09/29/2012 9:15AM

Bret Calhoun suspended 30 days for medication violation


Veteran trainer Bret Calhoun has been suspended 30 days by the Kentucky stewards for a positive test for a Class 3 drug stemming from a race in late May at Churchill Downs.

The subject horse, 4-year-old Make a Fortune, was making his first start when he captured a five-furlong maiden special weight race on May 26. The colt tested positive for guanabenz, a medication used for high-blood pressure and which is used to lessen the chance of a horse suffering from exercise-induced pulmonary hemorrhaging.

Calhoun also was fined $500 because Make a Fortune tested for more than the permissible amount of the bleeder medication Lasix.

The suspension is scheduled to begin Oct. 8 and run through Nov. 6. Calhoun said through his attorney, Karen Murphy, that he will not appeal the decision. He currently is racing at Remington Park and at a variety of other tracks in the East and Midwest.

Calhoun, 48, has won 2,079 races in a stellar career dating to 1994. His best year was 2010, when his stable earned nearly $8 million and he won the Breeders’ Cup Filly and Mare Sprint with Dubai Majesty and the Breeders’ Cup Turf Sprint with Chamberlain Bridge.

Make a Fortune, a $160,000 yearling purchase for Gary and Mary West, has raced three more times, finishing third, fourth, and third. The winner’s share of $26,000 from the subject race was revoked and the purse redistributed.

Phil C More than 1 year ago
Bret Calhoun is a great trainer and runs lots of horses. The administration of this prescription calming agent must have occurred too close to post time by accident. It is certainly much better than using clenbuterol on a horse and many feel it should be an allowed medication. It doesn't enhance performance, it simply allows the horse to not suffer from hypertension. Is this not what's best for the horse and the betting public if the administration occurs well prior to post-time?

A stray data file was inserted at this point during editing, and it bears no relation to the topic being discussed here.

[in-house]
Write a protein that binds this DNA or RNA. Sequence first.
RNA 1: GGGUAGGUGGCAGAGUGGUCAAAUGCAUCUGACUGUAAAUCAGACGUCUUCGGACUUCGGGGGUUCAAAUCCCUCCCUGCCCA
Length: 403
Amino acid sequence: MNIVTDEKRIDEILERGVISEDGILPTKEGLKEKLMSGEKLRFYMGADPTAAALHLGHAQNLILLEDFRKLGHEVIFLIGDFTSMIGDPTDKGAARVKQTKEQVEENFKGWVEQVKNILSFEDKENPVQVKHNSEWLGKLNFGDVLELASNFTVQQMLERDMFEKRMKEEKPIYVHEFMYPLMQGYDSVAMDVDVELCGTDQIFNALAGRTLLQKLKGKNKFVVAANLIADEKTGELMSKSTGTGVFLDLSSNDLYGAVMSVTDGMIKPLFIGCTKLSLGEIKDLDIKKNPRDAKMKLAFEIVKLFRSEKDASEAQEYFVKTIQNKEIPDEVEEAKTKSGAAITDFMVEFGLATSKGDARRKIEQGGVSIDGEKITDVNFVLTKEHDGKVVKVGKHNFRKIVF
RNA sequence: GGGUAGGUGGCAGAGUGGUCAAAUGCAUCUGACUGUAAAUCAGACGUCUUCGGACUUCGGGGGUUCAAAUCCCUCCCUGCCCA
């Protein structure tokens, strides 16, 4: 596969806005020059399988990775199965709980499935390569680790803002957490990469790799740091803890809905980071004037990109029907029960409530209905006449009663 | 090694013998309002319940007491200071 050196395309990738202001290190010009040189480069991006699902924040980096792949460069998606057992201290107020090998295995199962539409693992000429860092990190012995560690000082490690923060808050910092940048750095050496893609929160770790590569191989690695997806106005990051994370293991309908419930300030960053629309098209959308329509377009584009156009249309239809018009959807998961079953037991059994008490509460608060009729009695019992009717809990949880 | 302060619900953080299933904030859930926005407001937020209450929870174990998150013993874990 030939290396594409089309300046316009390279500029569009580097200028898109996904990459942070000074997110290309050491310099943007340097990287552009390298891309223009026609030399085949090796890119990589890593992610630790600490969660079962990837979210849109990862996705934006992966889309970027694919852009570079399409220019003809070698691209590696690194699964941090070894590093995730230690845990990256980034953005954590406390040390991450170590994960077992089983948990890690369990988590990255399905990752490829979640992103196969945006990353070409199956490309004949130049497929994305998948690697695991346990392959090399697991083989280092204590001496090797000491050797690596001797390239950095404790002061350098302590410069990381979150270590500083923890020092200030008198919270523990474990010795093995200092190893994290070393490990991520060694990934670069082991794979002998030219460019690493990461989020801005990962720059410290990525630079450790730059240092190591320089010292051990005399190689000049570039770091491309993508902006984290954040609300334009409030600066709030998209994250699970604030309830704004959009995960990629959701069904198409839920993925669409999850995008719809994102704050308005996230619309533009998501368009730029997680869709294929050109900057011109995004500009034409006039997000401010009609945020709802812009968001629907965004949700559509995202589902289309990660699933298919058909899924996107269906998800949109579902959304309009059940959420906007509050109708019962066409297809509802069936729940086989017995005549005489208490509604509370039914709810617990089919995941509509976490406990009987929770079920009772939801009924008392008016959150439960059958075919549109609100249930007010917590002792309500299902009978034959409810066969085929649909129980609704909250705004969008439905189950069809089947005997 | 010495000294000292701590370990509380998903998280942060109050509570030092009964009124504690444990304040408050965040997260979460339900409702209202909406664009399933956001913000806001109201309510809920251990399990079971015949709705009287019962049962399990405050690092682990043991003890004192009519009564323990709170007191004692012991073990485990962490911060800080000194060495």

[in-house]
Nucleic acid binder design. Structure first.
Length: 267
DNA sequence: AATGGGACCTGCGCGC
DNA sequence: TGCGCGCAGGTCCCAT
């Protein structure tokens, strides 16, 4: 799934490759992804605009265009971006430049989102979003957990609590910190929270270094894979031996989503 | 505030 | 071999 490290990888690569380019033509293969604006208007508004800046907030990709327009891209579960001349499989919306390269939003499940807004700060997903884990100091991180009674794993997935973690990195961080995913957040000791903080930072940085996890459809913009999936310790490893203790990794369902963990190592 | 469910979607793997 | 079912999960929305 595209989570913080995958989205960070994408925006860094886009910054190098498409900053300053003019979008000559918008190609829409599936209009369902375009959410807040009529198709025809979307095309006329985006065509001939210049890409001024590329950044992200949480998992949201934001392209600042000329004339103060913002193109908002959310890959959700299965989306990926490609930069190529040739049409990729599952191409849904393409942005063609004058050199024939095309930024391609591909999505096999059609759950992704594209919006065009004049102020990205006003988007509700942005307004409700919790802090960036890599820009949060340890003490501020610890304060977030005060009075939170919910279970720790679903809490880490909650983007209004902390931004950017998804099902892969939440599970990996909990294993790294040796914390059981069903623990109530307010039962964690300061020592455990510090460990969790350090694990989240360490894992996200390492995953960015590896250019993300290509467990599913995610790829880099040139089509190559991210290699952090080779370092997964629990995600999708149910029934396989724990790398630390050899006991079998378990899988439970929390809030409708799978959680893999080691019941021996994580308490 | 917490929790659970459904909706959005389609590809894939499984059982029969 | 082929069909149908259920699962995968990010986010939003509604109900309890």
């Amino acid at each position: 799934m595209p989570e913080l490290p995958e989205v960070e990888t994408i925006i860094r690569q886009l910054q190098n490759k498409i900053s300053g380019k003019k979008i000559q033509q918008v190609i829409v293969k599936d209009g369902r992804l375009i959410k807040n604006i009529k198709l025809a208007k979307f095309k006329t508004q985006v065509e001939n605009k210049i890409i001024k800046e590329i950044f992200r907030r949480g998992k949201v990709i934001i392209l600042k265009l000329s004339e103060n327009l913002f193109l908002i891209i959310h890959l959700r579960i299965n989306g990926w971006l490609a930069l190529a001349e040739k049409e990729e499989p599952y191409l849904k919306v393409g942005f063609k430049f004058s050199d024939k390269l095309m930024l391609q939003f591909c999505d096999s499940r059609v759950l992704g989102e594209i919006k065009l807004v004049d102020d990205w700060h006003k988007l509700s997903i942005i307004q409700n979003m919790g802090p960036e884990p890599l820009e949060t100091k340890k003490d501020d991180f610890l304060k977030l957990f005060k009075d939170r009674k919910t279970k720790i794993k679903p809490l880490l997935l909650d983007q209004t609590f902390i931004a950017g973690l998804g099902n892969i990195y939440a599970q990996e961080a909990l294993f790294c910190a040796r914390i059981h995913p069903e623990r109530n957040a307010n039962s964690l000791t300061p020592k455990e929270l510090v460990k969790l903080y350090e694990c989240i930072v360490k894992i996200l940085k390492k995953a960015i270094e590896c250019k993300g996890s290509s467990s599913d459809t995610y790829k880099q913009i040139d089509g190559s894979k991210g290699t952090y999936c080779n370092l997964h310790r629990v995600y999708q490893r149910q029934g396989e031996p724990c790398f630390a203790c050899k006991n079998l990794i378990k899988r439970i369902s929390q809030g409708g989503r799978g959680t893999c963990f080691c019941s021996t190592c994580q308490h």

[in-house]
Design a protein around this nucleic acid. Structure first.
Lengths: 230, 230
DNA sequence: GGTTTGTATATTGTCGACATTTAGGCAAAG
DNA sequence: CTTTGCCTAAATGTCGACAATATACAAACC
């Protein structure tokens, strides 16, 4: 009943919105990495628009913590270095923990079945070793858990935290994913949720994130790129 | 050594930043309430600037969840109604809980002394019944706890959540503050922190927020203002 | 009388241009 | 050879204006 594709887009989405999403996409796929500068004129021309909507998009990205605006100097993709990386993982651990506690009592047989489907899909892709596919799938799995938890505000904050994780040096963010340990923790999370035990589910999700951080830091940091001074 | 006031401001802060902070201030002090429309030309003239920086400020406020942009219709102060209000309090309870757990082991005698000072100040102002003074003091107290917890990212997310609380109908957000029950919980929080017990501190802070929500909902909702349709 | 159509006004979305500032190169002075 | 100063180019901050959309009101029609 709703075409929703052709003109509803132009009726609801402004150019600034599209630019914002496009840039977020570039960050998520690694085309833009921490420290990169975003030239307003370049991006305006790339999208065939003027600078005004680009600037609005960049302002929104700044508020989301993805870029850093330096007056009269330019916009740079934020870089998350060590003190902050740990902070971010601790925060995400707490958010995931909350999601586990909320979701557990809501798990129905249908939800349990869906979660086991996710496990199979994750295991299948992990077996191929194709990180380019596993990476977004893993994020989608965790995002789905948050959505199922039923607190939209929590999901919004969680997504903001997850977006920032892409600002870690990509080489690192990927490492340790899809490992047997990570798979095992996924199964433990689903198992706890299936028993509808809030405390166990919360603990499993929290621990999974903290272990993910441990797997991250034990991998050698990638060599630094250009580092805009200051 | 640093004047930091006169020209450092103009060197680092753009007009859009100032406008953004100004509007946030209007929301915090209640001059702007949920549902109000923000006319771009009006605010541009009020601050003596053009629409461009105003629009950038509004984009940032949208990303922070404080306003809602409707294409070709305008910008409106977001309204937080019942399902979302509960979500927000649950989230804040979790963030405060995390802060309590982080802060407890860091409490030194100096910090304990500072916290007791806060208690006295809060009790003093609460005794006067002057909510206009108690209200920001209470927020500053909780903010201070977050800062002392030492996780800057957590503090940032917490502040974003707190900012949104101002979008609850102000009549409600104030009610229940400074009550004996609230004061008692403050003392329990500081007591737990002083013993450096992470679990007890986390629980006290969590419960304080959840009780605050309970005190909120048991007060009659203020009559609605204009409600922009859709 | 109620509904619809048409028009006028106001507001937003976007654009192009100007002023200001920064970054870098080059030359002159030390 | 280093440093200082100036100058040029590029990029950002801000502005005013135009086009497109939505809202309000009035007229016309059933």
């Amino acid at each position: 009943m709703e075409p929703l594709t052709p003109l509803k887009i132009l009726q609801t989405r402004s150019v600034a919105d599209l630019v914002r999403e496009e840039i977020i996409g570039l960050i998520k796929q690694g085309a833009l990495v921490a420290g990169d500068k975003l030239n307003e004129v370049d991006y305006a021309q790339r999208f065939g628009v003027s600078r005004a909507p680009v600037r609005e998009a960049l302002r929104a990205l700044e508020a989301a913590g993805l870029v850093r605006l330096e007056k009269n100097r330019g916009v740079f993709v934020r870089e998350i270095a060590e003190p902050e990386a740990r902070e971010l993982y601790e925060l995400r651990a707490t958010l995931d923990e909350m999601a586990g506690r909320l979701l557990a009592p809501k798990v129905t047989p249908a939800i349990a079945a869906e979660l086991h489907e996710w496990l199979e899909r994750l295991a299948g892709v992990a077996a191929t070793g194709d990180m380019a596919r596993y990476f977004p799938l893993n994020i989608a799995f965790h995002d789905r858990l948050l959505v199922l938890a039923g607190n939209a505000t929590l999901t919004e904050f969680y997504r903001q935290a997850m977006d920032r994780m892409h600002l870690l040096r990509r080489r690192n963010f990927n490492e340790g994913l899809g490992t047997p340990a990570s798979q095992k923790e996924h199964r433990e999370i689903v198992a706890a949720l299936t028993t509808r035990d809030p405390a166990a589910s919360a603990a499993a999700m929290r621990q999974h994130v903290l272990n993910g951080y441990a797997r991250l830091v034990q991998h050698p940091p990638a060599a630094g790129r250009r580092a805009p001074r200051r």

Richard Zabel More than 1 year ago
"the winners share 0f 26,000 fro m the subject race was revoked and the purse redistributed" awesome however the simulcast players and white collare bums the losses remain losses lol loolo lol lol go bret the doper calhoun
Richard Zabel More than 1 year ago
thats one issue horse racing needs to revamp "commissions" need only one commission that regulates all states etc,like NFL this way calhoun,dutrow,oneil etc cannot race anywhere when suspended,likewise jockey(pval)example previous years drugs ran out california then to lousisana lol, joke WE NEED ONE COMNMISSION TO RUN IT ALL get the dead weight out become stronger!!!!!!!!!!
Richard Zabel More than 1 year ago
amber you said it perfect,plus brett has changed since his early days sam houston 1994 when he was little down to earth man riding dabie coco and adrian barron on his "hay oats and water" horses he went to spotlight with cowboy dan that was great runner now 20 years later he is cheater and mean lol
Richard Zabel More than 1 year ago
brett calhoun dutrow junior
amber More than 1 year ago
colette he WAS DOPING OK
amber More than 1 year ago
mariln quit drinking while posting not his first time to cheat ok lol
amber More than 1 year ago
brett clhoun dutrow junior
amber More than 1 year ago
even with the suspension and fine for race cheating brett........we the public still lose in the race you cheated in....i could not see in form you were going to cheat...shame shame shame YOU HAD to do that???? lol